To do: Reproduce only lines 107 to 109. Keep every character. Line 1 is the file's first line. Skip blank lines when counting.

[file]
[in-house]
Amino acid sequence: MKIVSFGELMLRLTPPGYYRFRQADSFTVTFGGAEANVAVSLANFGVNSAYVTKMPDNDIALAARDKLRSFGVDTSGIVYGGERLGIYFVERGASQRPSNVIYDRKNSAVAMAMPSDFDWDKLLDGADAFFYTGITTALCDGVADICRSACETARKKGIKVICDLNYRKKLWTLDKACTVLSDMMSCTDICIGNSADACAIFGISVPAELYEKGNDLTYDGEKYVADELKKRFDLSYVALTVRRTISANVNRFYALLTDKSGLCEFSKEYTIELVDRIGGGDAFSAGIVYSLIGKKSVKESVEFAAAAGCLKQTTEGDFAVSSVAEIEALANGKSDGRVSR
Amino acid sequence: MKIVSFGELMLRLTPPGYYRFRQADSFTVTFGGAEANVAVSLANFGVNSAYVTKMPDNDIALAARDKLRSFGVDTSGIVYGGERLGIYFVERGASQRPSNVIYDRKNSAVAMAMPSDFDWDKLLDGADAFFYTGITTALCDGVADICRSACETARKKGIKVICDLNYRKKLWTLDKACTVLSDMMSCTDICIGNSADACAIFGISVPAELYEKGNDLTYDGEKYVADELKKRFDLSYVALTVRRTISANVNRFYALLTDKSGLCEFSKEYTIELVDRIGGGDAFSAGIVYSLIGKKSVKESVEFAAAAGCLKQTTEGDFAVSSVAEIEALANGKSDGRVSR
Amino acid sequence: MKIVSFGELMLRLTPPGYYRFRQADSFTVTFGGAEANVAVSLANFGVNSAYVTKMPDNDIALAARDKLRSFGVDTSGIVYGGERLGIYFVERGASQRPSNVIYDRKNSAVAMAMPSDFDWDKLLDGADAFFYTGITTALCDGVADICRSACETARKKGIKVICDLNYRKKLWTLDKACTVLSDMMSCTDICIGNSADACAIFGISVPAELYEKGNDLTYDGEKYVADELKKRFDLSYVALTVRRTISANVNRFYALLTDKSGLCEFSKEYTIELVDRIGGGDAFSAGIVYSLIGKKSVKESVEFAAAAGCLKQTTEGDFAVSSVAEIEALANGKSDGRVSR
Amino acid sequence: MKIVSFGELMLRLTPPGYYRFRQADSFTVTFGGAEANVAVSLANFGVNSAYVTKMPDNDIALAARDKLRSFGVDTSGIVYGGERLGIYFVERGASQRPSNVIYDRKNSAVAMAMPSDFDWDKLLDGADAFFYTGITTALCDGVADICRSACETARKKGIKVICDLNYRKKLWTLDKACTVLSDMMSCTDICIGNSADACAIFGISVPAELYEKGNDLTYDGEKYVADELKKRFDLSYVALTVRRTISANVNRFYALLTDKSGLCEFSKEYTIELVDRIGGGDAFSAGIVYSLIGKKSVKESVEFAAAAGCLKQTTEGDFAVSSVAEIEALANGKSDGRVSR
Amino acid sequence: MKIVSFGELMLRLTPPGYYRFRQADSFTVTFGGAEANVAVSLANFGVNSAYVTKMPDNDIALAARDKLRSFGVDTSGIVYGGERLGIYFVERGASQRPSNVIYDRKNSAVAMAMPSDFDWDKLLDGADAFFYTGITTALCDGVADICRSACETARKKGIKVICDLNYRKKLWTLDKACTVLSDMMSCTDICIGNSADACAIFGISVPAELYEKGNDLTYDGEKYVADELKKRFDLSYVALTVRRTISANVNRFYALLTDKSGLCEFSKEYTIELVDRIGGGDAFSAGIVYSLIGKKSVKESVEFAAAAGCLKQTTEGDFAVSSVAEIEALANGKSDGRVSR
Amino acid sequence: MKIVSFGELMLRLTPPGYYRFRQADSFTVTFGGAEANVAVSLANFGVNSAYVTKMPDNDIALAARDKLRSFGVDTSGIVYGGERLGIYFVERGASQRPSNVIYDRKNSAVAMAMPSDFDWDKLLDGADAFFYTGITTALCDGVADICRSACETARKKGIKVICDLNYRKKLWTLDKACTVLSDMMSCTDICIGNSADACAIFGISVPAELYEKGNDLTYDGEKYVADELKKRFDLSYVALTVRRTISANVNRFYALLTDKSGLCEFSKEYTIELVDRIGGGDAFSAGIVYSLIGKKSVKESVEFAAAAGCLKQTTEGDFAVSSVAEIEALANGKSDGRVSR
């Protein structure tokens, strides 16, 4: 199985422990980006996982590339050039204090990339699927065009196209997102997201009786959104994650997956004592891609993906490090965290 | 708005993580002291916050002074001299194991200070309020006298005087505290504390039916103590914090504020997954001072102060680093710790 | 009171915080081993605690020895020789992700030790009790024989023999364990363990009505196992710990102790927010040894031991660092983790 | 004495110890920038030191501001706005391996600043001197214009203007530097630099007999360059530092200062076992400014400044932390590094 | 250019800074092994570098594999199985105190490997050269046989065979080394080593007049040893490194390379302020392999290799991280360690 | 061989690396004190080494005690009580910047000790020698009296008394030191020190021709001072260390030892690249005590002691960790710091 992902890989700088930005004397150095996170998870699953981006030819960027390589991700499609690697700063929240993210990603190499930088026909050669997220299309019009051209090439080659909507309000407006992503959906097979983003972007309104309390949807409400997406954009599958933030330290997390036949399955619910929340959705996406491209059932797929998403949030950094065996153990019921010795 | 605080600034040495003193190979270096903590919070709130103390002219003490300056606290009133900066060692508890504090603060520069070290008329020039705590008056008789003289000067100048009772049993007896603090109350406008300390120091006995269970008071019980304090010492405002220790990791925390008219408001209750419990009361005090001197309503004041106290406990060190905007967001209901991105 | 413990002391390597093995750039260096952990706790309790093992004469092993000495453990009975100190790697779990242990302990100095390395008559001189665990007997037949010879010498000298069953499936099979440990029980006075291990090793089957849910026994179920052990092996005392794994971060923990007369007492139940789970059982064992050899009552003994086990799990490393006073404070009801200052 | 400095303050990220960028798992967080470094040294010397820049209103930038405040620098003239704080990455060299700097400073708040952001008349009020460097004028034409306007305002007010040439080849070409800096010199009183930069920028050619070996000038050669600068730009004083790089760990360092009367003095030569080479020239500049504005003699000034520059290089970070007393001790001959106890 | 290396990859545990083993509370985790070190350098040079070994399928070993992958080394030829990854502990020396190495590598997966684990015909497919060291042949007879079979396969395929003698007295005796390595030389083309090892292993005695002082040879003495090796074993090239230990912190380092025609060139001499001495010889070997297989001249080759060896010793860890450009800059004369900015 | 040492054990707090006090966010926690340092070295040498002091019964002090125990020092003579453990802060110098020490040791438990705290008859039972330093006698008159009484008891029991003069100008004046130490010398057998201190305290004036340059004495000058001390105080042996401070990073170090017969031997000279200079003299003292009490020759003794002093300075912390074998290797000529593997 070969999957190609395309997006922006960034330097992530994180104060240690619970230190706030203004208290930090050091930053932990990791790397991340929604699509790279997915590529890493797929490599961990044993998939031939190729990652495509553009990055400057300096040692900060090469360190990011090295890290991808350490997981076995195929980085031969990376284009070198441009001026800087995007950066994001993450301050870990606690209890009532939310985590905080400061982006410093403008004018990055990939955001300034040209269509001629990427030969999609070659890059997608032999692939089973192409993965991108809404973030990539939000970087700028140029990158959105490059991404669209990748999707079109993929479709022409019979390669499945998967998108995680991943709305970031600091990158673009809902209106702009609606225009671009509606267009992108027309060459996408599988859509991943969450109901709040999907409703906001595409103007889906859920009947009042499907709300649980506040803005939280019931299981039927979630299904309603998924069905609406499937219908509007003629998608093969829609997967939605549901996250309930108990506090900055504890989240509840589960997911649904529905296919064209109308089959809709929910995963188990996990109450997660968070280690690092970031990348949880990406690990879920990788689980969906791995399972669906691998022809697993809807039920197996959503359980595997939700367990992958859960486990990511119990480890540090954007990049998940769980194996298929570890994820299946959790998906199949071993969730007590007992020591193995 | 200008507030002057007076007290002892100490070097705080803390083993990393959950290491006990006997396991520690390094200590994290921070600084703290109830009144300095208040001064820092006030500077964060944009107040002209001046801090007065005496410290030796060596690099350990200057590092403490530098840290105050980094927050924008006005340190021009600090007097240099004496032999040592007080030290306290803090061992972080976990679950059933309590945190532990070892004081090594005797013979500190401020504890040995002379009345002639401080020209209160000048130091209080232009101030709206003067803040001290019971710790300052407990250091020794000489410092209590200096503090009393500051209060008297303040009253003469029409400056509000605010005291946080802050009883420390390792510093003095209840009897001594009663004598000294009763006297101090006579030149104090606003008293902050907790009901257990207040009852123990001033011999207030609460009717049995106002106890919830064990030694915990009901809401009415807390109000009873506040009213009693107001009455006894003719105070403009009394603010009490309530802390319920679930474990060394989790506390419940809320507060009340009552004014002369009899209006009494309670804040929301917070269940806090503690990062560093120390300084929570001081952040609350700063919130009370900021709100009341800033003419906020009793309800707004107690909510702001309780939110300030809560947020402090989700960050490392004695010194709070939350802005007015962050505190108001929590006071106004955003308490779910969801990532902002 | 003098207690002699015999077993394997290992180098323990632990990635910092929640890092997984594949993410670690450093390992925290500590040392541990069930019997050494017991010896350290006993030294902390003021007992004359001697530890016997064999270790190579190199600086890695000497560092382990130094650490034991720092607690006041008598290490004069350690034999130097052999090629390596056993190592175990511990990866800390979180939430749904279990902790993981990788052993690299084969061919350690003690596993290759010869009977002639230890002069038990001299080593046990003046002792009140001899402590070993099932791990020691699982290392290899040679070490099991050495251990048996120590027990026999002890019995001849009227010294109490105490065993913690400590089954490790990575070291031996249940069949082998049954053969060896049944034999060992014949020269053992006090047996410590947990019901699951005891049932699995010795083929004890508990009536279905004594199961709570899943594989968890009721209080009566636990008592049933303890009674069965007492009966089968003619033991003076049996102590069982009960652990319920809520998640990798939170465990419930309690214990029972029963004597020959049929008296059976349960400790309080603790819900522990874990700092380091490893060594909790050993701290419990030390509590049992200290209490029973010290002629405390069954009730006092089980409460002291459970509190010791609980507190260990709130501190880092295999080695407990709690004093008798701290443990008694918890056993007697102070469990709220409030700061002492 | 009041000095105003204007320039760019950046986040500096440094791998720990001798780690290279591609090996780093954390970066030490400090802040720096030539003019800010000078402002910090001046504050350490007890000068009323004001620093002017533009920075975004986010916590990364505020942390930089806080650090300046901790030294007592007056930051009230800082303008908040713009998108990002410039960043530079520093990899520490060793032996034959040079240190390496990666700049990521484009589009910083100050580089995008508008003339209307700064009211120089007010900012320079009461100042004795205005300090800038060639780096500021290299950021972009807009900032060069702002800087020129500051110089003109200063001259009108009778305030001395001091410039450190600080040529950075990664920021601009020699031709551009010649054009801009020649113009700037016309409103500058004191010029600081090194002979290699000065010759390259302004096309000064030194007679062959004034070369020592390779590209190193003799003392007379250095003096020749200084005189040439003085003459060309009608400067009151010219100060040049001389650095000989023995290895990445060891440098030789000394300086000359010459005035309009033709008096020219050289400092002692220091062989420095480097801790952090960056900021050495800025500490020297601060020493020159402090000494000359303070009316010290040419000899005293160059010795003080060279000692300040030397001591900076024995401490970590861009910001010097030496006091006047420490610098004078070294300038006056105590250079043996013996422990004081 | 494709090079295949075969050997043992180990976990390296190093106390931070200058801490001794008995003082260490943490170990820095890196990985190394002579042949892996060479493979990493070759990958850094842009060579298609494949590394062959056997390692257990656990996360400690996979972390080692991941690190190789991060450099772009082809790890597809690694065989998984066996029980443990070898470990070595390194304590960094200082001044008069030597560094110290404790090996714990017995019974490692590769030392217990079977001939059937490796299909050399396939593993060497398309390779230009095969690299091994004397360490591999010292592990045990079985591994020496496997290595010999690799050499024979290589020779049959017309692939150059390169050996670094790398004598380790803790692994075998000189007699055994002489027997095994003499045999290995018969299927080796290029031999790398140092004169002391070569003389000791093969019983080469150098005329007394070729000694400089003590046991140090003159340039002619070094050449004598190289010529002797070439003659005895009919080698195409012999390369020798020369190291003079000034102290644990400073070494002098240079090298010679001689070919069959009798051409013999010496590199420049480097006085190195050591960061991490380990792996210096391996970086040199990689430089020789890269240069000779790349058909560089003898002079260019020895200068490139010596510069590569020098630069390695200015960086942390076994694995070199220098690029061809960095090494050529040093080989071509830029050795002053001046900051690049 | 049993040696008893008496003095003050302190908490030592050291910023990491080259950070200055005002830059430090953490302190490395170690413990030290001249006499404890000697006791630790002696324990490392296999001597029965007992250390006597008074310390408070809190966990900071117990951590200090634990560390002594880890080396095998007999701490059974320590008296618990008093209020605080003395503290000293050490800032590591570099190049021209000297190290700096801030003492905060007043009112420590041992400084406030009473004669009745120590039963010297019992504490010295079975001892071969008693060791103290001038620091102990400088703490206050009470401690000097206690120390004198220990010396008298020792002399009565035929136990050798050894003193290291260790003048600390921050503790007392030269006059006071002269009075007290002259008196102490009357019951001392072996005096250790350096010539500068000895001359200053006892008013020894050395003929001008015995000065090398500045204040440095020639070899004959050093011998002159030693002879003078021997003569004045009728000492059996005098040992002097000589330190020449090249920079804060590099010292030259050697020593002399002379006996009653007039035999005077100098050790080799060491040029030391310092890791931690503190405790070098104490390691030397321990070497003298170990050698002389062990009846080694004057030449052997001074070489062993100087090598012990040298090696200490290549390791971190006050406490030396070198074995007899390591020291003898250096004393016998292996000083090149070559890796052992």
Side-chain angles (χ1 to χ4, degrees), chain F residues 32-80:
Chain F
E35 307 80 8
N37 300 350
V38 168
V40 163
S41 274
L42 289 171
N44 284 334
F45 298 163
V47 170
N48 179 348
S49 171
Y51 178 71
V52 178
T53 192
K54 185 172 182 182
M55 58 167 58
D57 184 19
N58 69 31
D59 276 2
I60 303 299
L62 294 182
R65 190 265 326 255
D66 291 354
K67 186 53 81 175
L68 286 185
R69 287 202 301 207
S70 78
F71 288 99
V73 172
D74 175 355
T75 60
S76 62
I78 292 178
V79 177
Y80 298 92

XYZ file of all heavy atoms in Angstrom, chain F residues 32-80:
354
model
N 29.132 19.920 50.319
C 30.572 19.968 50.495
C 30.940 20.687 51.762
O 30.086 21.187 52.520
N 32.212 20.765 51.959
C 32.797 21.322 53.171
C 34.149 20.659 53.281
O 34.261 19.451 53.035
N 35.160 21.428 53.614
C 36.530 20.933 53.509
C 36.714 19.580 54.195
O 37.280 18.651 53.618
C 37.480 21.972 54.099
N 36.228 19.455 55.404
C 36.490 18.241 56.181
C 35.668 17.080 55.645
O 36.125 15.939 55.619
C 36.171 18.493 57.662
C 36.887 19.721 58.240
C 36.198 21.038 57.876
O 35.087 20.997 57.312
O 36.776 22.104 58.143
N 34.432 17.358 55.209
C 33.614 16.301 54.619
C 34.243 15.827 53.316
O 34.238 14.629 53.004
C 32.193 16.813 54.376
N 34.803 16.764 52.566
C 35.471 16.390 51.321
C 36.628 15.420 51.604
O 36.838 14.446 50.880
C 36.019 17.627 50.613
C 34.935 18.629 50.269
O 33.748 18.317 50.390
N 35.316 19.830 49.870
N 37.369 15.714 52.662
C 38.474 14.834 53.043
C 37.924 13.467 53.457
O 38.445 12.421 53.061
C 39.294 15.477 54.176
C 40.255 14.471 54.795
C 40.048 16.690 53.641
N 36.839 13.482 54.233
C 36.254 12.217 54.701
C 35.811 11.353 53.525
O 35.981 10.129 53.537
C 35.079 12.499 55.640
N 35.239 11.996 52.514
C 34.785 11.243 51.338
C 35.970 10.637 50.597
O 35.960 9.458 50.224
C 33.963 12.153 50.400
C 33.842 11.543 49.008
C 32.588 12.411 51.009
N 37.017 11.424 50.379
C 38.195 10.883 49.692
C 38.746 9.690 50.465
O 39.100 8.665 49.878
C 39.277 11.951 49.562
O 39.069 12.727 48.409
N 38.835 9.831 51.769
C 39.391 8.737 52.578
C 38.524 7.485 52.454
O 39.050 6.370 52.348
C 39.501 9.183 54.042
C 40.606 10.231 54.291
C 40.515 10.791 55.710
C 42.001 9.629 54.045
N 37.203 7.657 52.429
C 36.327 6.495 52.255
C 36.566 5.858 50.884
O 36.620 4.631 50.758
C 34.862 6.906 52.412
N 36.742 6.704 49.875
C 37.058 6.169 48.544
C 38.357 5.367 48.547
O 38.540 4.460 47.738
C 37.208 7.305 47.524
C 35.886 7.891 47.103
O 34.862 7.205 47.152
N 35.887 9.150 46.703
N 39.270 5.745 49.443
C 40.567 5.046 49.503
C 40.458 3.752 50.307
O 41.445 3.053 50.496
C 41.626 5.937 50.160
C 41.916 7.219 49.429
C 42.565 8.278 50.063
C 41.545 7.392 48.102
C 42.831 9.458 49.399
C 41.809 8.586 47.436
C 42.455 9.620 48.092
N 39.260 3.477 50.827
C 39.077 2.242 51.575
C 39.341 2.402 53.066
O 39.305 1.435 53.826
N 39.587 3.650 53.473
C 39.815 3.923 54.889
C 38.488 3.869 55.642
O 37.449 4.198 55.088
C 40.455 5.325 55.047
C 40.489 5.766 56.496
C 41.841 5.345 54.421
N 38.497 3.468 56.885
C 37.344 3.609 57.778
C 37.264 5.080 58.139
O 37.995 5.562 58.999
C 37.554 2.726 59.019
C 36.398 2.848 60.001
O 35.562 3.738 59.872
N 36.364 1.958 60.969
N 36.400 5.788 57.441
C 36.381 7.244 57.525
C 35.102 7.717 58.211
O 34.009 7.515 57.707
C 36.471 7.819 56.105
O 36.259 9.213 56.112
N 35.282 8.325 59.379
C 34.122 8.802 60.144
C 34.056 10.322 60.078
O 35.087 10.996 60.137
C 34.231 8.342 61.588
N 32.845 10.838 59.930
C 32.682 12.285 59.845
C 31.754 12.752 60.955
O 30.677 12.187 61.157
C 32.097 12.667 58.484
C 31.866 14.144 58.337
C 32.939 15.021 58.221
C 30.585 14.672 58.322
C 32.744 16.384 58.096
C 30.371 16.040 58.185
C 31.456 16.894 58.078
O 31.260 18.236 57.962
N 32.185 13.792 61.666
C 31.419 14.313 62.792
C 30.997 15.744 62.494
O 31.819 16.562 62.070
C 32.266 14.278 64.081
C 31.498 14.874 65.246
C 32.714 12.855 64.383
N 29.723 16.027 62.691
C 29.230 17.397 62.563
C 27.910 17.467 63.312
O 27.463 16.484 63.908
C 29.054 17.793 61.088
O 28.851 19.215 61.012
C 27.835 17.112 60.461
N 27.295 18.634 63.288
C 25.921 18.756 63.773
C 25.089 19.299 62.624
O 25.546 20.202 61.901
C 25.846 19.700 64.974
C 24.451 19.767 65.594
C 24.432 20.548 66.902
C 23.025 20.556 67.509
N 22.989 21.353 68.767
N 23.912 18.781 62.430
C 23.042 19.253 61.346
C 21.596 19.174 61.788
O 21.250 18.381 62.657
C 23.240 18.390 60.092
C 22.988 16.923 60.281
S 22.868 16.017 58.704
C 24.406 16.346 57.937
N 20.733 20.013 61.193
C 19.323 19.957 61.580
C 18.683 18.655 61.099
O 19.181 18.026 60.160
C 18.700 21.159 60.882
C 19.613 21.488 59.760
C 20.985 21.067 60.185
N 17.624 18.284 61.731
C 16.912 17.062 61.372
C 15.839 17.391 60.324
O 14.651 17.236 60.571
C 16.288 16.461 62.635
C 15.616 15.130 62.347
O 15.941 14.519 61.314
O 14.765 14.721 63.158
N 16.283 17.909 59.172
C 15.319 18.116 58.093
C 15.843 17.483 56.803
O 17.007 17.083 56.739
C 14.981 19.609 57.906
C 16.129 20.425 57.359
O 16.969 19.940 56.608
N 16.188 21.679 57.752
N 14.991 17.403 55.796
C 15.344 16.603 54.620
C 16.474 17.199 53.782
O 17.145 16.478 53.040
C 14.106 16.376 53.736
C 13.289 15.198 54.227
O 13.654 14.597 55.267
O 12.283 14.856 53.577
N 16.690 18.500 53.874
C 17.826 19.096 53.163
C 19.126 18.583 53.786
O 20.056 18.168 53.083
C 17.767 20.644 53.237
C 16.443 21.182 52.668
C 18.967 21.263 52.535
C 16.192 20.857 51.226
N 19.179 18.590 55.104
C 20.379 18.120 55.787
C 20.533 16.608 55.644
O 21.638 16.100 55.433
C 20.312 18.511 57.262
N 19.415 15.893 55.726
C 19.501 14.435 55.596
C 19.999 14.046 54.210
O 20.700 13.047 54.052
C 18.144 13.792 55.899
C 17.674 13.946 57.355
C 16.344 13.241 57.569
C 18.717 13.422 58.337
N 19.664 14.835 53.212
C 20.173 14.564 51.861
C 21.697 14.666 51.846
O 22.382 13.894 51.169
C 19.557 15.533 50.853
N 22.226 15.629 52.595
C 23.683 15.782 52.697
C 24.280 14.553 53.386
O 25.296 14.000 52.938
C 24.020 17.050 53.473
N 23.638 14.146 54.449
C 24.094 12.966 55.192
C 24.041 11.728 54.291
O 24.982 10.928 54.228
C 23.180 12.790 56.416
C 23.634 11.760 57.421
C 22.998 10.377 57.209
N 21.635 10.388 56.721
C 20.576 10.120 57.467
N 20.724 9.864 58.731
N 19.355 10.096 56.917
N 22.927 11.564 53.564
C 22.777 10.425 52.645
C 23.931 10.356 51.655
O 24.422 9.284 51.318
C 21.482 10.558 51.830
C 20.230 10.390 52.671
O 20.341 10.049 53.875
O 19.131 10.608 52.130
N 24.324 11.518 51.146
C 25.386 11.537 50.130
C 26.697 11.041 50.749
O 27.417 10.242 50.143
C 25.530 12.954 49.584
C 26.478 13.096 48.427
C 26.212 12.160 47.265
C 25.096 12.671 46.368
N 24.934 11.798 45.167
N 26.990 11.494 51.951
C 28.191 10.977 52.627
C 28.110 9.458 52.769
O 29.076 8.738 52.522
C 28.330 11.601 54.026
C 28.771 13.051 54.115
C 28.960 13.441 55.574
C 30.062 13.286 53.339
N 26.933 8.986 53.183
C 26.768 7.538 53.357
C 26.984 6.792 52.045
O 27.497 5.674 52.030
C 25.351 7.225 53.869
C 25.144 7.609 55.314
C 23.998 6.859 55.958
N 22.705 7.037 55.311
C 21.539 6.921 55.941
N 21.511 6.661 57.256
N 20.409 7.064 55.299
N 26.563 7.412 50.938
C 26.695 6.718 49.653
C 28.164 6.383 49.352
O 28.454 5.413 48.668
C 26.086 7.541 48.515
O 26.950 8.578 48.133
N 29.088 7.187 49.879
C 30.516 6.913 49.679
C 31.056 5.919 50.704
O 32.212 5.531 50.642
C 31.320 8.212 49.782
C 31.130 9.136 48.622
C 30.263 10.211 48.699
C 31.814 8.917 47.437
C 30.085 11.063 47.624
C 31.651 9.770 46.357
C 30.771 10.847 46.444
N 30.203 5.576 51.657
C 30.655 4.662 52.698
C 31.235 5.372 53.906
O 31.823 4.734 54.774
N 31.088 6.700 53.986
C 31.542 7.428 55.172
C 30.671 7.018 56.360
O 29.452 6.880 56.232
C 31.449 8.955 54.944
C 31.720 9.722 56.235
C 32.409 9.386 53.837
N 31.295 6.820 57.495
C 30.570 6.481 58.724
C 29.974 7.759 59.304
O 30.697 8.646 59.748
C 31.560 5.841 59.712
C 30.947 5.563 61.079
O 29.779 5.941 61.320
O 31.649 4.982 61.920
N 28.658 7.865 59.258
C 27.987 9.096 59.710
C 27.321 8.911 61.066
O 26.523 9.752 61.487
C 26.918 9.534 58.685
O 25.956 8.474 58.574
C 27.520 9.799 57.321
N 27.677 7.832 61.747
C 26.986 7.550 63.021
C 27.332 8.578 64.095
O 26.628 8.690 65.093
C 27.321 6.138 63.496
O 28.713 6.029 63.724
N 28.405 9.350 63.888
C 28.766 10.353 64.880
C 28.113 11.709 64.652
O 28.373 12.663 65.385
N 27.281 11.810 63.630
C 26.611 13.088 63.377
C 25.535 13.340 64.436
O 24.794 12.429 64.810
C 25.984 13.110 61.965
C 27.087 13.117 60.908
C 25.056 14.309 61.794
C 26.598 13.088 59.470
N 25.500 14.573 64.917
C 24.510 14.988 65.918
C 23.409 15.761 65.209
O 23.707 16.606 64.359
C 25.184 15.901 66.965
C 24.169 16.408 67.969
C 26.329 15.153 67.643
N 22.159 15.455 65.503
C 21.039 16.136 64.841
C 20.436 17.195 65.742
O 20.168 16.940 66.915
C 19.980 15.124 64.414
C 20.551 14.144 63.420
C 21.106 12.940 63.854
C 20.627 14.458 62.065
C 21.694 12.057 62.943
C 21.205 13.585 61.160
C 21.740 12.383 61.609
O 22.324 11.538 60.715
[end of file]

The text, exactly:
C 39.277 11.951 49.562
O 39.069 12.727 48.409
N 38.835 9.831 51.769